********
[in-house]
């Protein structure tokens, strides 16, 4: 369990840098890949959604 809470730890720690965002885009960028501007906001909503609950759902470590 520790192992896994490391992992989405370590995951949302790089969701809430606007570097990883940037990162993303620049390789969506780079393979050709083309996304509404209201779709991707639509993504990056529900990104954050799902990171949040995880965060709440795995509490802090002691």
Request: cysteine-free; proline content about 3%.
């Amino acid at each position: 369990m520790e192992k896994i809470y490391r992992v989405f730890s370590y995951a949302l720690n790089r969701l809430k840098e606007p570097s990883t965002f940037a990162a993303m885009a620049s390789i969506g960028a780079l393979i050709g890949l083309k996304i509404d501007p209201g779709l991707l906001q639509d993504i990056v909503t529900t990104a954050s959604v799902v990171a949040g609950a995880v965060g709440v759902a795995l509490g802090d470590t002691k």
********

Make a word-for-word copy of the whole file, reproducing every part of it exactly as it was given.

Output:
[in-house]
């Protein structure tokens, strides 16, 4: 369990840098890949959604 809470730890720690965002885009960028501007906001909503609950759902470590 520790192992896994490391992992989405370590995951949302790089969701809430606007570097990883940037990162993303620049390789969506780079393979050709083309996304509404209201779709991707639509993504990056529900990104954050799902990171949040995880965060709440795995509490802090002691």
Request: cysteine-free; proline content about 3%.
């Amino acid at each position: 369990m520790e192992k896994i809470y490391r992992v989405f730890s370590y995951a949302l720690n790089r969701l809430k840098e606007p570097s990883t965002f940037a990162a993303m885009a620049s390789i969506g960028a780079l393979i050709g890949l083309k996304i509404d501007p209201g779709l991707l906001q639509d993504i990056v909503t529900t990104a954050s959604v799902v990171a949040g609950a995880v965060g709440v759902a795995l509490g802090d470590t002691k």